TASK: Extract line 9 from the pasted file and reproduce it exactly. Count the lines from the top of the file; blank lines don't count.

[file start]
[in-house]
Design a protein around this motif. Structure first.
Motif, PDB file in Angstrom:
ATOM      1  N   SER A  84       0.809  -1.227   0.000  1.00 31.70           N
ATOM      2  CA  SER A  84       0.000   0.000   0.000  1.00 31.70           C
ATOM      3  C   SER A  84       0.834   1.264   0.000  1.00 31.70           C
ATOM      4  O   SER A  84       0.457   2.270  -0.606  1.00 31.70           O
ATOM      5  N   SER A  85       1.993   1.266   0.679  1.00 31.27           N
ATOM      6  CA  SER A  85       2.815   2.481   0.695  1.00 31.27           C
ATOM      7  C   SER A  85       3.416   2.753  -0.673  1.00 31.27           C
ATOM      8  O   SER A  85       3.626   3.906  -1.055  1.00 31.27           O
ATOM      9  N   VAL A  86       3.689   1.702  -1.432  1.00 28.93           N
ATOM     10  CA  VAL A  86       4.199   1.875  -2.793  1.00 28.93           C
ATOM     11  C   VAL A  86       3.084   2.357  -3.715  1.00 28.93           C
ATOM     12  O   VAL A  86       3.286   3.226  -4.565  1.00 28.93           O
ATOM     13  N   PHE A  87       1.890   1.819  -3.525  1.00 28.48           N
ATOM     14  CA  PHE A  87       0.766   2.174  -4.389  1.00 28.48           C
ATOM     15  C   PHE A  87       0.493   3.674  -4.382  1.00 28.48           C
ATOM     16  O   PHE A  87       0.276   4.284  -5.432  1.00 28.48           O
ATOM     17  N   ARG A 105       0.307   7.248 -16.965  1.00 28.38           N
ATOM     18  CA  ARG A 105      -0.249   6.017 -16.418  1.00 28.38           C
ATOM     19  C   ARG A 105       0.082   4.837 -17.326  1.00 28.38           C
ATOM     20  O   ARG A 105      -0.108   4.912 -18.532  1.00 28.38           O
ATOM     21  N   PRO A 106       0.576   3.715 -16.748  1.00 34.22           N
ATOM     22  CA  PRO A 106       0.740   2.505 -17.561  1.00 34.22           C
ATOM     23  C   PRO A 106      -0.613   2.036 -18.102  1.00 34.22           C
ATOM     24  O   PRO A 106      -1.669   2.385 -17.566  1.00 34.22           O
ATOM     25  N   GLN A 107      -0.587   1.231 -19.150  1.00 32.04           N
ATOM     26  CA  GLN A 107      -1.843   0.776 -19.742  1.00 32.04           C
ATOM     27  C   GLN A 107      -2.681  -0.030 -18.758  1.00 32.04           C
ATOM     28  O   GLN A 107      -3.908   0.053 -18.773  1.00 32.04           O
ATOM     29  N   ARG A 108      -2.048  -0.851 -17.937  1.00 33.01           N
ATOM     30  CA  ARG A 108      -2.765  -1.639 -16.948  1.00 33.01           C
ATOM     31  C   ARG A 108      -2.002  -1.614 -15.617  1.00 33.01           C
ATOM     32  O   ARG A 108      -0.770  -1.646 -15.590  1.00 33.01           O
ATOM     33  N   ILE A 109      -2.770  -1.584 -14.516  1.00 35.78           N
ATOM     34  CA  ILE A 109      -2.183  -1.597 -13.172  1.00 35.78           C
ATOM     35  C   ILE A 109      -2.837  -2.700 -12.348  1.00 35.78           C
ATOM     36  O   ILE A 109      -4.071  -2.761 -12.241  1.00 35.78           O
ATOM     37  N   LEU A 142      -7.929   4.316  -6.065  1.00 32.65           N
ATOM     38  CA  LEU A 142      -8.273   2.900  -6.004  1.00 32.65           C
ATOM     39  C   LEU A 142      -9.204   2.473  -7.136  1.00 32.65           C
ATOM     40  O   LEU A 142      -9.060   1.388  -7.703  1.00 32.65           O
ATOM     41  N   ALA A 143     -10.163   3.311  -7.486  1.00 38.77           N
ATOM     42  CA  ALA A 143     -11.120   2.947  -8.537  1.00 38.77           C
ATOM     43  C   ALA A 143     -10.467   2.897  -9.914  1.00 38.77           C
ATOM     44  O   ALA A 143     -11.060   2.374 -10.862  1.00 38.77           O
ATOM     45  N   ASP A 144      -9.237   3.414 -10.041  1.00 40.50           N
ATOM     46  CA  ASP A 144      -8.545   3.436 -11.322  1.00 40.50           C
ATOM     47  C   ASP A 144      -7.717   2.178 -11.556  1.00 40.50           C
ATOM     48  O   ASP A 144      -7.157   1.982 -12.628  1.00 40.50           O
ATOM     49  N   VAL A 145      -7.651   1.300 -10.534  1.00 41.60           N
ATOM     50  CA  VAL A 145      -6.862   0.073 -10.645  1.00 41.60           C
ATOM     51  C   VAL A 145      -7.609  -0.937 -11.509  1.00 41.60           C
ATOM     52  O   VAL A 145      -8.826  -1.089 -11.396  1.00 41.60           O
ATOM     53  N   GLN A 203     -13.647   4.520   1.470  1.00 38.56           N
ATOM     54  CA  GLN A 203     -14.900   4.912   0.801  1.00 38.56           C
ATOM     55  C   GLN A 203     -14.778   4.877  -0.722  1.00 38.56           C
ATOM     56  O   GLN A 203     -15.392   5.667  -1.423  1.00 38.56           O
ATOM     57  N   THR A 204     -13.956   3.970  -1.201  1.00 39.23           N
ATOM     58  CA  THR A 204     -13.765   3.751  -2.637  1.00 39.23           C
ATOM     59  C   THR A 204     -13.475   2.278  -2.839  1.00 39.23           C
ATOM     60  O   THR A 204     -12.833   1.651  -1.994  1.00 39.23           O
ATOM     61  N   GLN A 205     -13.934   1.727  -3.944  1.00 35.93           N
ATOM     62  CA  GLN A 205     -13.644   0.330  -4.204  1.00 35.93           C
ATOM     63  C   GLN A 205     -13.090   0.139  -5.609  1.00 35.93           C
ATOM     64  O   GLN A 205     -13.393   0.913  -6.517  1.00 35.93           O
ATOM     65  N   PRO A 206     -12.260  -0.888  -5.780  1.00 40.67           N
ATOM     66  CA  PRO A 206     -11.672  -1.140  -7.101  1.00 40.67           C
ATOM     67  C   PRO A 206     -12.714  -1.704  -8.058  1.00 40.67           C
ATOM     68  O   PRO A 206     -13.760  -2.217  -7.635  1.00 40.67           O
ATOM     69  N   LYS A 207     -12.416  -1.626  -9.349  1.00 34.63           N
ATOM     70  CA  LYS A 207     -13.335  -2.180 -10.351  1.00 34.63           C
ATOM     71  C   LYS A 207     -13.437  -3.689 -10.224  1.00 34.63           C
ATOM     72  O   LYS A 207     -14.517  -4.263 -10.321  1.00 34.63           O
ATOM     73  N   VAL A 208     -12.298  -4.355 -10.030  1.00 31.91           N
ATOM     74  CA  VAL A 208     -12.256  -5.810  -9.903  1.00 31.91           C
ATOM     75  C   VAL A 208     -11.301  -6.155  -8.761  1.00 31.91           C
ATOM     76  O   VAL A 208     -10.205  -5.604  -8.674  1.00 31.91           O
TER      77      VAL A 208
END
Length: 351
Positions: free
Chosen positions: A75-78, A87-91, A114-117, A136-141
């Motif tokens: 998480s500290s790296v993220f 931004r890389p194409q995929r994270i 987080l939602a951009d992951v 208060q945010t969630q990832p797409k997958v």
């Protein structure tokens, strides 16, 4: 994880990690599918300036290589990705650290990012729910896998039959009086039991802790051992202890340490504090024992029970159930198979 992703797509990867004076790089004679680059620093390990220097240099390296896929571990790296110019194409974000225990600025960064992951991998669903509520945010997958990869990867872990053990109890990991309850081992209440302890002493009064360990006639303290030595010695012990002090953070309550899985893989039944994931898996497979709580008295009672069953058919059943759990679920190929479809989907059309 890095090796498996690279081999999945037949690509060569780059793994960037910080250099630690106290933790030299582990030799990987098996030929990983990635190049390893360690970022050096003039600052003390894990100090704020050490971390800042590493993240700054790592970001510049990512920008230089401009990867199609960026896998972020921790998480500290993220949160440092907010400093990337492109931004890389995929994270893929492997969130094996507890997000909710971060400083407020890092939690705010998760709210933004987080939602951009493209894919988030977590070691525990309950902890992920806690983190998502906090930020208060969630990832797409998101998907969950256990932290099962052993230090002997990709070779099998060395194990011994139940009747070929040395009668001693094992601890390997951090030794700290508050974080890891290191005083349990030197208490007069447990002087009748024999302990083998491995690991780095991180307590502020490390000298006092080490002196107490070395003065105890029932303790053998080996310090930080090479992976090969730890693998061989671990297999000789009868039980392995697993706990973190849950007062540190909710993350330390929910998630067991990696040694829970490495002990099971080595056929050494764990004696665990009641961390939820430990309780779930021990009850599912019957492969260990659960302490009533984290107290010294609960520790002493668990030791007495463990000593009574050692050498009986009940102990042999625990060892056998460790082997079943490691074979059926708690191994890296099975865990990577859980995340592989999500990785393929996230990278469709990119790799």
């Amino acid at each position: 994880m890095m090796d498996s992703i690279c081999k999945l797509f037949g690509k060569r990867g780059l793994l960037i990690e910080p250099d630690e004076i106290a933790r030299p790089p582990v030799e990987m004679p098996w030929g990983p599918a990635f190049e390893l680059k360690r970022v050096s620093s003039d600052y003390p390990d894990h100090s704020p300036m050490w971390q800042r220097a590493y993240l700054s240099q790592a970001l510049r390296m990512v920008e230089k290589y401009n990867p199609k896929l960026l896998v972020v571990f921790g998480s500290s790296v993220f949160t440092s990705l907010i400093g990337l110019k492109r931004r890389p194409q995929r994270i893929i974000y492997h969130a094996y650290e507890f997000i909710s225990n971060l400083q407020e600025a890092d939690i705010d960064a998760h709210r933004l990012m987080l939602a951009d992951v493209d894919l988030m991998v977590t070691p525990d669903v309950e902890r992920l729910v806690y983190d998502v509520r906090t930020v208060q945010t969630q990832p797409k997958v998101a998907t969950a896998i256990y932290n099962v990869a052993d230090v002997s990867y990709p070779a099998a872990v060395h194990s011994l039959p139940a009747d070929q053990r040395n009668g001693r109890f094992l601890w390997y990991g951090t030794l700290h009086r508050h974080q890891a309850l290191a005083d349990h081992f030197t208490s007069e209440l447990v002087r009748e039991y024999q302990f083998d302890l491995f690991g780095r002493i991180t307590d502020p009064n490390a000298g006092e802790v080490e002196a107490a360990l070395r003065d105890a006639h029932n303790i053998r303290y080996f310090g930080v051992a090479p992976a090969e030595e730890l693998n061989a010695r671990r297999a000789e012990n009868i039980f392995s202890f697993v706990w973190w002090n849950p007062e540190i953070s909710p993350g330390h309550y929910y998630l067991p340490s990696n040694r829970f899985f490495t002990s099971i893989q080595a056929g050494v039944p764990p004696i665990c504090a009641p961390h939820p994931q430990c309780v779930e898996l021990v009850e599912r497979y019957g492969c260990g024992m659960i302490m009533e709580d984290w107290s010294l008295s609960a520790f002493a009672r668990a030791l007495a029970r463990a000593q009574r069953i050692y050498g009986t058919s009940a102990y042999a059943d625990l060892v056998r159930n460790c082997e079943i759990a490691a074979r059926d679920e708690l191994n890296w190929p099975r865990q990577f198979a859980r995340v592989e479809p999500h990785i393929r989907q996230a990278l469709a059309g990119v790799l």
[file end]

ATOM      6  CA  SER A  85       2.815   2.481   0.695  1.00 31.27           C